Japan consumes 1,2 lb of tea per capita per year.
Tea ceremonies are an inseparable part of their culture and the favorite tea of Japanese people is loose-leaf Sencha.
Grown in full sun, this tea boasts dark color and astringent flavor.
History of Japanese Tea
Tea rituals in Japan date back to the 9th century. The first tea used in the rituals was Sencha brought from China.
In the 16th century, the Japanese tea ceremony evolved along with Zen Buddhism, implementing the fascinating Sado tea rituals with Matcha tea.
There are still many schools that teach and practice the Sado tea ritual and maintain the extraordinary tradition of Japan.
Tea Culture in Japan
Sado tea ceremony is always held in a Tatami room and the position of the mats depends on the host.
The utensils used in the ceremony are simple and usually without any decoration.
The guests are required formal clothing while the host wears a kimono.
Sado means “The Way of the Tea” and it requires time to completely understand the rules and meaning of the philosophy behind the ritual.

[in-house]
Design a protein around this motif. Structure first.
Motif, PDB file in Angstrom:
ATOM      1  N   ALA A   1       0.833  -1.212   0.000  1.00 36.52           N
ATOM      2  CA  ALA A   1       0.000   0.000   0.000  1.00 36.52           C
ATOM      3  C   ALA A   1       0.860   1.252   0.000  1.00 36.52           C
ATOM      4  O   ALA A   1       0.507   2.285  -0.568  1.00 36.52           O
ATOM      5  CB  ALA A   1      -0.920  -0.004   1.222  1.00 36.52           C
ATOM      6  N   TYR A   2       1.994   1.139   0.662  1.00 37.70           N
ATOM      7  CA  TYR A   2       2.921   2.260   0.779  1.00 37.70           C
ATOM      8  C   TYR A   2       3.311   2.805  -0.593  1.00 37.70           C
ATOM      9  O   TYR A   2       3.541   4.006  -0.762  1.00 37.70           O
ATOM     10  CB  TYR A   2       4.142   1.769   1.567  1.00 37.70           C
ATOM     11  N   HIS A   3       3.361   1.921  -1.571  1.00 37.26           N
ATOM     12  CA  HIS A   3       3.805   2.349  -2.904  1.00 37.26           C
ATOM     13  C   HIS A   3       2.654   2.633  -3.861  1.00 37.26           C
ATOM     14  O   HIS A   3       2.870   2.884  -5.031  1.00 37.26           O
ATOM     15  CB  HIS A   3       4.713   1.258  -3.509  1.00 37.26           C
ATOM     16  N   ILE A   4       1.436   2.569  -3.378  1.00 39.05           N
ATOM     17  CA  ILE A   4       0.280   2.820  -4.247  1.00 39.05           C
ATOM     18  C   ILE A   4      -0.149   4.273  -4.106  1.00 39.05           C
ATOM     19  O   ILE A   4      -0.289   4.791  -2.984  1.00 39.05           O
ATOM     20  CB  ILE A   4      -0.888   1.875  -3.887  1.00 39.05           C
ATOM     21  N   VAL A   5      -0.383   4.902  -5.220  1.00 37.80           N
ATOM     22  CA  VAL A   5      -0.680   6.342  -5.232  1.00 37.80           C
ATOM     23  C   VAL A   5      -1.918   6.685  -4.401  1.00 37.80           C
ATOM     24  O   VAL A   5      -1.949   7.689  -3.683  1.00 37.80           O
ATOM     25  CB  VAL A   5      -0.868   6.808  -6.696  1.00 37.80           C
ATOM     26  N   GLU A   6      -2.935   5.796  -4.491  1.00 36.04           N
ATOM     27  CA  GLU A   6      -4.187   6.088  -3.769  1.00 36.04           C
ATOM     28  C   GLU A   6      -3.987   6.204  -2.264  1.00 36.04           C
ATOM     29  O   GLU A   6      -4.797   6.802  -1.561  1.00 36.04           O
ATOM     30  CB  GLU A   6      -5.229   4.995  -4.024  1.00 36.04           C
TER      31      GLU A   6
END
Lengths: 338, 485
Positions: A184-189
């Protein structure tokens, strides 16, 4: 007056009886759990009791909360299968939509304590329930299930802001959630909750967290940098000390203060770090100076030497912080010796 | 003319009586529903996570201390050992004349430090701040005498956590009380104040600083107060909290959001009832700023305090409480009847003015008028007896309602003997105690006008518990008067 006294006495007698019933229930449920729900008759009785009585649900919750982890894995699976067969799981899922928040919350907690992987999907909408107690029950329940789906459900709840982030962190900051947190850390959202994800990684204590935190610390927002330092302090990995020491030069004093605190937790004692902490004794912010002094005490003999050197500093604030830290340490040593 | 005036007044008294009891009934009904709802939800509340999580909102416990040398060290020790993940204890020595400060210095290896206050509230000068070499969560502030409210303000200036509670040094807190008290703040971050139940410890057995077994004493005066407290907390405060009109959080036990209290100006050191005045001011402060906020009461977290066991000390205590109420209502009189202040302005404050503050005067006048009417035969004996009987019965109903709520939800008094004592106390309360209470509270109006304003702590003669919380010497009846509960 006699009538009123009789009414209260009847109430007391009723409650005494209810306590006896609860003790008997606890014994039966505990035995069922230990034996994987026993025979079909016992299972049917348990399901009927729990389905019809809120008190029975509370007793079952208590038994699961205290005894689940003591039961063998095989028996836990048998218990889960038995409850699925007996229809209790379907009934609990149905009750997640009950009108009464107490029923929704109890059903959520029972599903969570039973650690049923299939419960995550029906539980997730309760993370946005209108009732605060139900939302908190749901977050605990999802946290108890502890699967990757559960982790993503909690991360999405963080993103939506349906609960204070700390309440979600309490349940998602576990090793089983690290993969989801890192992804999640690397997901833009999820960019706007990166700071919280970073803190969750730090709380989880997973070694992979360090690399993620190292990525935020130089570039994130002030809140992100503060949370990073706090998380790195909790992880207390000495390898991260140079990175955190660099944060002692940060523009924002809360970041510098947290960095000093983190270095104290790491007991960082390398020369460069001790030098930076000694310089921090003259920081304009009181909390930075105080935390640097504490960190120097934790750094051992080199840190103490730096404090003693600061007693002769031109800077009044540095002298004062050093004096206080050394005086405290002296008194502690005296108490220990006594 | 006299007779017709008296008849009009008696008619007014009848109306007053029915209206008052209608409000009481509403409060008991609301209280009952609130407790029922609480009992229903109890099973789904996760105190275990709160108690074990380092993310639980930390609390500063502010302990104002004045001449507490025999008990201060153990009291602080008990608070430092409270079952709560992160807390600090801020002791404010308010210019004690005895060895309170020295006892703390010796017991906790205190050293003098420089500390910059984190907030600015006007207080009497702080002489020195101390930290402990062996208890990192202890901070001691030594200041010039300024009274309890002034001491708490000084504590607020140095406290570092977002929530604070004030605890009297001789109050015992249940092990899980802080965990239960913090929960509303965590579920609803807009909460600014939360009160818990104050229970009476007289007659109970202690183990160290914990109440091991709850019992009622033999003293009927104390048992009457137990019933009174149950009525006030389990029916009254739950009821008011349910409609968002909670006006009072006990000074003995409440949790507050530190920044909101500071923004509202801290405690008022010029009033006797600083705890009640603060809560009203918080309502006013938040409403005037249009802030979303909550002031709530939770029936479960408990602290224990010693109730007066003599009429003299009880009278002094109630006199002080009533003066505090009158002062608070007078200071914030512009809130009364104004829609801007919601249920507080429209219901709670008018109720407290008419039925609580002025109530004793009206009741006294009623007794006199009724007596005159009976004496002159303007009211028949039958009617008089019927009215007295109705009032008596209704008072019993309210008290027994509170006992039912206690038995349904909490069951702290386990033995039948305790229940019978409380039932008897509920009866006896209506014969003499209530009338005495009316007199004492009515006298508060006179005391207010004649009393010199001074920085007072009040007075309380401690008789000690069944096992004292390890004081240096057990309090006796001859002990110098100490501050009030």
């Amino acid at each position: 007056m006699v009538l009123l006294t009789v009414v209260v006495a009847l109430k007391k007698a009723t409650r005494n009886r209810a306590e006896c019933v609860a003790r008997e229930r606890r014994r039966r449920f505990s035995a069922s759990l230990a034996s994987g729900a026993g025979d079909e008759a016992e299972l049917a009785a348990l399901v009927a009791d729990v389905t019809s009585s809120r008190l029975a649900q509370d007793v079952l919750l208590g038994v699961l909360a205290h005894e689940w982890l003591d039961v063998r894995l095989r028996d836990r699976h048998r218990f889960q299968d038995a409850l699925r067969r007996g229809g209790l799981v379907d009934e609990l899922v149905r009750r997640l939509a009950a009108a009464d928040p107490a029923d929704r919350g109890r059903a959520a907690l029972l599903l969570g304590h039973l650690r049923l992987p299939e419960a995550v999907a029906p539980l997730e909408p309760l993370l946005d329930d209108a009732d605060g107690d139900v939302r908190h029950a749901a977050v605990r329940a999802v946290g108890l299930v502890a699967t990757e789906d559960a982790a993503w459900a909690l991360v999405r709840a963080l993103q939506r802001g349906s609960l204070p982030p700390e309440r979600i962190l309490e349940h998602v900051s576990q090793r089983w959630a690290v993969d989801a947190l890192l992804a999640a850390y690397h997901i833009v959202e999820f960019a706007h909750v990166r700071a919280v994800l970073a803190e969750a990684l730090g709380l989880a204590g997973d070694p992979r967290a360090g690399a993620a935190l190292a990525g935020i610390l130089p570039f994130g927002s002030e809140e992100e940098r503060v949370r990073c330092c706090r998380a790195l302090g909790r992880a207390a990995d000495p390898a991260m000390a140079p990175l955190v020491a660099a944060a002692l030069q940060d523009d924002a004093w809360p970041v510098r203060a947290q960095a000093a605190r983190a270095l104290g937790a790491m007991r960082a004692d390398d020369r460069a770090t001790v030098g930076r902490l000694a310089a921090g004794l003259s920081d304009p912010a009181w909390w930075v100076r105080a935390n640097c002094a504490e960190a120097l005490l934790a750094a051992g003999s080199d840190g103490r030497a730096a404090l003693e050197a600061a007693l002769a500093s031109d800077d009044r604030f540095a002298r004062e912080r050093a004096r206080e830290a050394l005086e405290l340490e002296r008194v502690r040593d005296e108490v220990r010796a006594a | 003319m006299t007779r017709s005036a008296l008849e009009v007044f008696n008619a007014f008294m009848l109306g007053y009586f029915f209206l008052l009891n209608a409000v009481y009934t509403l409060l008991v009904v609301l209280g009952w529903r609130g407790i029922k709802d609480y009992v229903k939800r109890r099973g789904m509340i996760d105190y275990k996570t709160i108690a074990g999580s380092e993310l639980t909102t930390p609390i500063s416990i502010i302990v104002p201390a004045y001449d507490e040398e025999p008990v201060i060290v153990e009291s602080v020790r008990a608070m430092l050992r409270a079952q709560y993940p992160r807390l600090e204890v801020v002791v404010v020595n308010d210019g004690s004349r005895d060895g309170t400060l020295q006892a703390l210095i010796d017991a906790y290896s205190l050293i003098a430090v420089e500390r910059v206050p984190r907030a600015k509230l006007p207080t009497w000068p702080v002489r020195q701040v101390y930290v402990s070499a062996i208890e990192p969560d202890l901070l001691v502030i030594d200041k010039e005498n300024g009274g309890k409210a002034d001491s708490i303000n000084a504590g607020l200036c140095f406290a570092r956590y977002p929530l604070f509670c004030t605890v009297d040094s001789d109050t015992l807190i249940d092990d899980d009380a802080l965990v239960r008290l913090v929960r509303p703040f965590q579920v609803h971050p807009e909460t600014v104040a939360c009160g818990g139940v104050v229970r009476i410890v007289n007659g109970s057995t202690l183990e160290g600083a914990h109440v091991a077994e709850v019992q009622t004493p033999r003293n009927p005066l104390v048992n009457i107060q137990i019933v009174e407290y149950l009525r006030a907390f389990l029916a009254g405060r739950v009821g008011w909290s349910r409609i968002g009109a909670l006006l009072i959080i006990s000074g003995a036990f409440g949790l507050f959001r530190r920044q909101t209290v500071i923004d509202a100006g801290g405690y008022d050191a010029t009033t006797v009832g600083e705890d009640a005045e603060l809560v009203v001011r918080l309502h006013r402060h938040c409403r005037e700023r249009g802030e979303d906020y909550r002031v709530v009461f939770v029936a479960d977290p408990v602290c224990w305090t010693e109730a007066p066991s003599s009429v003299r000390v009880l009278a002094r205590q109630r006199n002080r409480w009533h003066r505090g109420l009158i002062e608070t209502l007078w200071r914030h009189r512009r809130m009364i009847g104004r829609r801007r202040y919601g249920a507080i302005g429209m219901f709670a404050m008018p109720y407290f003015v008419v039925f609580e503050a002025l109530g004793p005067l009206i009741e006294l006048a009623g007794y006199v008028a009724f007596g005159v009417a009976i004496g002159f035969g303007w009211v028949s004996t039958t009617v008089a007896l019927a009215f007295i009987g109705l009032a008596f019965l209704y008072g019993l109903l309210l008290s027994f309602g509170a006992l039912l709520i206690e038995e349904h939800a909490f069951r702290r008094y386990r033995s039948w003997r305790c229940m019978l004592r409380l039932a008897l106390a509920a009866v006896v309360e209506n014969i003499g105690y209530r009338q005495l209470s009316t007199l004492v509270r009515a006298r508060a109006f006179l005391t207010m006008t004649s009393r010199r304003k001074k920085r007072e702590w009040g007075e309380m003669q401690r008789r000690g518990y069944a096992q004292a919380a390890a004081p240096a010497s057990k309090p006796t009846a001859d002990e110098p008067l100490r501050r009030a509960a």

Today, many Middle and High schools have Tea Ceremony Clubs that promote the tea tradition among younger generations.
Sado Ceremony Utensils
・Fukusa – a two-ply silk cloth to wipe the utensils
・Kaishi – a small piece of washi (Japanese paper) for serving sweets.
・Chakin – a small cloth for wiping the tea bowl.
・Tea Caddy (natsume) – a small container with a lid for storing powdered tea.
・Porcelain Caddy (chaire) – a porcelain container for storing powdered tea.
・Tea Scoop (chashaku) – made of bamboo.
・Tea Whisk (chasen) – for stirring the powder in the hot water.
・Tea Cloth (chakin) – a linen cloth used for wiping the tea bowl.
・Tea Bowl (chawan) – the style varies depending on the season.
・Ladle (hishaku) – for pouring the hot water.
・Tea Kettle (chagama) – for boiling.
Tea culture in Japan is a way of life. It’s meditation, discipline, respect, and hospitality.
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